Construction

Prefab Construction’s Benefits Grow With Design for Manufacture and Assembly

A growing movement in the construction industry—called design for manufacture and assembly (DfMA)—takes traditional design and grafts two important goals onto it: that the products will be easy to manufacture and that those manufactured products will be easy to assemble into a larger construction.

Not coincidentally, the construction industry stands to benefit greatly from an uptick in DfMA, whose principles contribute to making construction projects faster to complete, safer for workers, and environmentally friendlier.

This article originally appeared on Autodesk’s Redshift, a site dedicated to inspiring designers, engineers, builders, and makers. Continue reading the article: https://www.autodesk.com/redshift/design-for-manufacture-and-assembly/.

Photo Credit: H.T. Lyons manufactured this 23-by-72-foot, more than 55-ton utility “super skid” at its Allentown, PA., prefab shop. Courtesy of H.T. Lyons.

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What’s Good Failure? 5 Things Research Scientists Reveal About Business Resilience

In research, goals are often amorphous. Work doesn’t follow the traditional business sequence of setting time-based objectives. Instead, innovative products require open-ended exploration and experimentation. How do you reconcile the two?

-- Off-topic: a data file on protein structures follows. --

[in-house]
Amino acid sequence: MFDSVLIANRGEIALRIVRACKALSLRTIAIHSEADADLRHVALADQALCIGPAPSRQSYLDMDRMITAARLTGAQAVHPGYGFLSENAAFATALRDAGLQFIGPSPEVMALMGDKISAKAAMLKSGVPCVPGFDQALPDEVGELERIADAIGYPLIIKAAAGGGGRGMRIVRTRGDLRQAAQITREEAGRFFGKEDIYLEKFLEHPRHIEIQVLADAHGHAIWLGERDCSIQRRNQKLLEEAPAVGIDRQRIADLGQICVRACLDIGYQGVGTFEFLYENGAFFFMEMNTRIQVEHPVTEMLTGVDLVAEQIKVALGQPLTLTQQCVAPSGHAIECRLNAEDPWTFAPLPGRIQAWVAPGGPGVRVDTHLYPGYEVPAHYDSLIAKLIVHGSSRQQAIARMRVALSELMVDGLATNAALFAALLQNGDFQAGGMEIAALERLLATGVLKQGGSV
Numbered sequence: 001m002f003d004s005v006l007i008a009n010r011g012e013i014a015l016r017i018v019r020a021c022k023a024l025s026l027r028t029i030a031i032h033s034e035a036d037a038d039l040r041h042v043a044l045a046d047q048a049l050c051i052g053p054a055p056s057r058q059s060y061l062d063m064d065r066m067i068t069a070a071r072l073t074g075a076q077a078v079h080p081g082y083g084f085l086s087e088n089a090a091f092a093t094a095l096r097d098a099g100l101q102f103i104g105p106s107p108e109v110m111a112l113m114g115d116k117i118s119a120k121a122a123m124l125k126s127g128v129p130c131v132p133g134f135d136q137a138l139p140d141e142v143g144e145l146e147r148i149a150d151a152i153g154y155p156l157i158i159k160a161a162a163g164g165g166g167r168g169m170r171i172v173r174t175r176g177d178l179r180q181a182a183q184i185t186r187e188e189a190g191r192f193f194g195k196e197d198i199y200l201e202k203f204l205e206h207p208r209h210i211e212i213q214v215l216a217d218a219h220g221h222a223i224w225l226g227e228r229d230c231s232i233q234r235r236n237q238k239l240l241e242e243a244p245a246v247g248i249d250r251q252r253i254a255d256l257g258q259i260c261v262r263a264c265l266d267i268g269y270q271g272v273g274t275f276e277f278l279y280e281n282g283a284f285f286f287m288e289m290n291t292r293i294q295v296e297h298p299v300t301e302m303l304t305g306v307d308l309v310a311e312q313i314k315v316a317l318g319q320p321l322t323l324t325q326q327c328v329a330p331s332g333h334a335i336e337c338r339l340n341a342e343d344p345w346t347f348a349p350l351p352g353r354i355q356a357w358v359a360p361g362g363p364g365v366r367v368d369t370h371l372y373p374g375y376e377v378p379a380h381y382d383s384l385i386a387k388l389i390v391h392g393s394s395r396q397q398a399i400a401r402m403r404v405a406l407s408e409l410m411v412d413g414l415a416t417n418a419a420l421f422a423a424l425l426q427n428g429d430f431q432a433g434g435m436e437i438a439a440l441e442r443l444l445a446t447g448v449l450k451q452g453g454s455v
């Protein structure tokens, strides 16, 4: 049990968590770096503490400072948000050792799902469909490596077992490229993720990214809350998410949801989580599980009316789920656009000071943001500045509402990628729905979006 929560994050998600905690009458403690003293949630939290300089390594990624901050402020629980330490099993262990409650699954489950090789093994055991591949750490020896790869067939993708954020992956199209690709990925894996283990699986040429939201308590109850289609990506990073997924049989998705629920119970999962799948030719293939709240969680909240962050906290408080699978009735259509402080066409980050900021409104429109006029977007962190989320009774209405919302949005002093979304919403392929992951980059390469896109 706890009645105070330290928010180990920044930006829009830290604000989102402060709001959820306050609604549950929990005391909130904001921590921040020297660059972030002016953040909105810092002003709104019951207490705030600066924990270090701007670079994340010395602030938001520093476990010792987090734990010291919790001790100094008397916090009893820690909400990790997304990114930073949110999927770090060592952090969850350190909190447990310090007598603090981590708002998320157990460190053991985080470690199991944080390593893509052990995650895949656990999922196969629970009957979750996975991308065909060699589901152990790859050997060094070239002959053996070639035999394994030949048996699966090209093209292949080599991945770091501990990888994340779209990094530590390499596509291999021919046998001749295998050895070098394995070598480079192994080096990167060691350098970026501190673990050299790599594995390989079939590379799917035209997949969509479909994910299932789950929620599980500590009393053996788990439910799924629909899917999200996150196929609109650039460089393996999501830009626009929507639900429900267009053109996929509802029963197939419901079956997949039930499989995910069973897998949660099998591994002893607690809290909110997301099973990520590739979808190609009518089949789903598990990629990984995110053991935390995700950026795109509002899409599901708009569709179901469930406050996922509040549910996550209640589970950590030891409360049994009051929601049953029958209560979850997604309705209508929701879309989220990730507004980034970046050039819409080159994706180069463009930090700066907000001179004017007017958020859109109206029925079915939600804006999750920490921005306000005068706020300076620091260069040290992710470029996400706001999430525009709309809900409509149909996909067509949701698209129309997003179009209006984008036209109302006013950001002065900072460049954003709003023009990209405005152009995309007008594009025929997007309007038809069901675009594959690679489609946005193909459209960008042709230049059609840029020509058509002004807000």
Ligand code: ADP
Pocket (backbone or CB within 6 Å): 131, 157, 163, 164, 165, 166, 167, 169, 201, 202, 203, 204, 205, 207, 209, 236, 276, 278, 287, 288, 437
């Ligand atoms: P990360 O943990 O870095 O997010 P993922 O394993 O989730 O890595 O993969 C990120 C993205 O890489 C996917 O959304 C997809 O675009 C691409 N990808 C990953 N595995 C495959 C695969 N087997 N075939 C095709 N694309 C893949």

I’ve found that rather than trying to tame researchers and school them on the lessons of business, you should flip the script. Provide the research department with a direct connection to the customers for whom they’re dreaming up solutions. Then, help product teams appreciate the value of failure and iteration. Finally, make sure the two are well connected throughout the journey. This mindset and organization shift will lead to better product innovation.

This article originally appeared on Autodesk’s Redshift, a site dedicated to inspiring designers, engineers, builders, and makers. Continue reading the article: https://www.autodesk.com/redshift/business-resilience/.

Photo Credit: Illustration by Micke Tong

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How Heroes Worldwide Built Modular and Prefab COVID-19 Hospitals in Mere Days

Since the beginning of the coronavirus pandemic, the architecture, engineering, and construction (AEC) industries have supported those serving on the front lines of rapid-response health care. Building ad hoc, modular, and prefab hospitals for communities facing unprecedented clinical demand turned AEC experts into emergency responders, delivering high-quality projects amid exceptional circumstances.

These new practices will serve the construction industry in future crises—and perhaps even in the course of returning to more normal business modalities. Here, projects in three countries—China, Mexico, and England—illustrate what this extraordinary situation demanded, how teams mobilized, and the knowledge they gained.